9. (US, colloquial) A gun.
    He's packin' a piece!
  10. (US, colloquial, vulgar) A sexual encounter; from piece of ass or piece of tail
    I got a piece at lunchtime.
  11. (US, colloquial, mildly vulgar, short for piece of crap/piece of ****) A shoddy or worthless object (usually applied to consumer products like vehicles or appliances).
    Ugh, my new computer is such a piece. I'm taking it back to the store tomorrow.
  12. (US, slang) A cannabis pipe.
  13. (baseball) Used to describe a pitch that has been hit but not well, usually either being caught by the opposing team or going foul. Usually used in the past tense with got, and never used in the plural.
    he got a piece of that one;  she got a piece of the ball [] and it's going foul.
  14. (dated, sometimes derogatory) An individual; a person.
    • Sir Philip Sidney
      If I had not been a piece of a logician before I came to him.
    • Shakespeare
      Thy mother was a piece of virtue.
    • Coleridge
      His own spirit is as unsettled a piece as there is in all the world.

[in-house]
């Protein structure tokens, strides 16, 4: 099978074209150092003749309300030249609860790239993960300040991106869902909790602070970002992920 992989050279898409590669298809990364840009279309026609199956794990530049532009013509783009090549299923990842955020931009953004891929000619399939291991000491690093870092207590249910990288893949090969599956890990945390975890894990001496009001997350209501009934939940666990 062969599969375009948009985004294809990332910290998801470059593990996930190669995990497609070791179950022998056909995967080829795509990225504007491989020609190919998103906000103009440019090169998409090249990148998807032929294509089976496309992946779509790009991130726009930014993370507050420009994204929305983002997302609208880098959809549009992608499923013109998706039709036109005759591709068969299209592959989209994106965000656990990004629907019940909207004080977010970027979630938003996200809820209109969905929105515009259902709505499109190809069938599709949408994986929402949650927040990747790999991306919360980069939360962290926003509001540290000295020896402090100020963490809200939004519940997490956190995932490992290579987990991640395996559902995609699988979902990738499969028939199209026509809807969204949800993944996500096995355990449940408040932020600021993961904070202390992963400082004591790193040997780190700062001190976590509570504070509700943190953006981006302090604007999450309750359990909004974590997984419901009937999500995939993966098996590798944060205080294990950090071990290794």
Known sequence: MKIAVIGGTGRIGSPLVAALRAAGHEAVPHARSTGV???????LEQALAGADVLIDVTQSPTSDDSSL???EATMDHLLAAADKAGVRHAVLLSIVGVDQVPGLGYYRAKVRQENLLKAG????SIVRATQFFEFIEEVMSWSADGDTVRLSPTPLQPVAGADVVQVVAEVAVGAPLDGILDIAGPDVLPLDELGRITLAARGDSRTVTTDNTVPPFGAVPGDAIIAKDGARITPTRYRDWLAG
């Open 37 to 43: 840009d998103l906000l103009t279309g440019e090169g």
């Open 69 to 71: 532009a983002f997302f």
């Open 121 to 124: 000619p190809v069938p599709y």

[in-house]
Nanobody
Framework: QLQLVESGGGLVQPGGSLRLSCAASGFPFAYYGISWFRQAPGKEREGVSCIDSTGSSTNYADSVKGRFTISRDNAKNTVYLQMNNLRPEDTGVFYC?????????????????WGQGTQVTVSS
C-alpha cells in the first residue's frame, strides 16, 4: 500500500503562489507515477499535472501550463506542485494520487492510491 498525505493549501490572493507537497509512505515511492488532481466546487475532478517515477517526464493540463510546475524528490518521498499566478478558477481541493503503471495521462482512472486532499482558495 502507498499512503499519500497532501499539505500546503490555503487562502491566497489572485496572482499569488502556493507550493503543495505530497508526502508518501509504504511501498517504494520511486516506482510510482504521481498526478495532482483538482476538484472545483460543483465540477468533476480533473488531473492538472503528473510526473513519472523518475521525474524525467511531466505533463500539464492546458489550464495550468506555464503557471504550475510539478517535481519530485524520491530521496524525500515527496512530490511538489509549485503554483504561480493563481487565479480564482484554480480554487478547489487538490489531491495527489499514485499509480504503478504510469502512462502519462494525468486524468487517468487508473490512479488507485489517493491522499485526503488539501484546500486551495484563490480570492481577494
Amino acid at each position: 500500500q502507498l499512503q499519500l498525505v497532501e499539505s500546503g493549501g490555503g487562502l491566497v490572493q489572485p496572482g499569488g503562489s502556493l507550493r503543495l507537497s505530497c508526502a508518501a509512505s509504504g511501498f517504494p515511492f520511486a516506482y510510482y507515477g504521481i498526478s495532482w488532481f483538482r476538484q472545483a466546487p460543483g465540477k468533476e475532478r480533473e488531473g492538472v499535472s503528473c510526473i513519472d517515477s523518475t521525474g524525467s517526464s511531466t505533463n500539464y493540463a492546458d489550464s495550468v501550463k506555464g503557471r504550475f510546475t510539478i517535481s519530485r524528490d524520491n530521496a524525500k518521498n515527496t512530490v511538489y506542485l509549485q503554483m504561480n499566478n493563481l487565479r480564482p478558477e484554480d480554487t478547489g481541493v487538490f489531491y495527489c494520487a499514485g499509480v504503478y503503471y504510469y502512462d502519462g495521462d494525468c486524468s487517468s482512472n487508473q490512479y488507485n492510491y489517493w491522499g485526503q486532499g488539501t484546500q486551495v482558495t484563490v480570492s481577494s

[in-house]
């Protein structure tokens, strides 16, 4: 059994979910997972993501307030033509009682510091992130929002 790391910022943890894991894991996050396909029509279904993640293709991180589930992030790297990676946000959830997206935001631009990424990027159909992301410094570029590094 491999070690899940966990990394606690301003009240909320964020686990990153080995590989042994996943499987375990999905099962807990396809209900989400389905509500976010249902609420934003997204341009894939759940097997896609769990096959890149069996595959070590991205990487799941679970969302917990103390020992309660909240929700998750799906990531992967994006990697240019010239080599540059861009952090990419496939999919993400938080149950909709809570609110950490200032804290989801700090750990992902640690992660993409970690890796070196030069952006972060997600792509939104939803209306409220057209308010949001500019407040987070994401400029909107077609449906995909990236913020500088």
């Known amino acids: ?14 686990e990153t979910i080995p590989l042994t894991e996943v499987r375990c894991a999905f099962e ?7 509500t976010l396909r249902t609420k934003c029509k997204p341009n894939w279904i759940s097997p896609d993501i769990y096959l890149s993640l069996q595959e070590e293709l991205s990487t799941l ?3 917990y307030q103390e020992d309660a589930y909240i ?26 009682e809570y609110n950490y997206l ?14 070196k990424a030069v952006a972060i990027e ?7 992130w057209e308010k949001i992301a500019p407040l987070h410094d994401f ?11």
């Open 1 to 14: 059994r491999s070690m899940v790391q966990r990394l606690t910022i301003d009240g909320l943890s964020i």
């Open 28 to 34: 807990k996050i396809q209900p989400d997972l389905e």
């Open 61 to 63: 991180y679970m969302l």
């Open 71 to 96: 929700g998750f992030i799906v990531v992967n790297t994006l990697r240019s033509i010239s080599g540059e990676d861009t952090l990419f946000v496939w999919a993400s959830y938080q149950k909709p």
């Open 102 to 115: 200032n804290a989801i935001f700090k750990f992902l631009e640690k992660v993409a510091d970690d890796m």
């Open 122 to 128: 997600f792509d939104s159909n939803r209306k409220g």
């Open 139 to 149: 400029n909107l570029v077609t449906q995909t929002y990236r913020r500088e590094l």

15. (obsolete) A castle; a fortified building.
    (Can we find and add a quotation of Spenser to this entry?)
  16. (US) A pacifier.
  17. (colloquial) A distance.
    a far piece, located a fair piece away from their camp, a fair piece off

Synonyms

  • See also Wikisaurus:piece
  • See also Wikisaurus:musical composition

Usage notes

When used as a baseball term, the term is idiomatic in that the baseball is almost never broken into pieces. It is rare in modern baseball for the cover of a baseball to even partially tear loose. In professional baseball, several new, not previously played baseballs are used in each game.

It could be argued that the phrase was never meant (not even metaphorically) to refer to breaking the ball into pieces, and that "get a piece of the ball" means the bat contacts only a small area of the ball - in other words, that the ball is hit off-center. In that case "get" would mean "succeed in hitting", not "obtain".

Derived terms

See also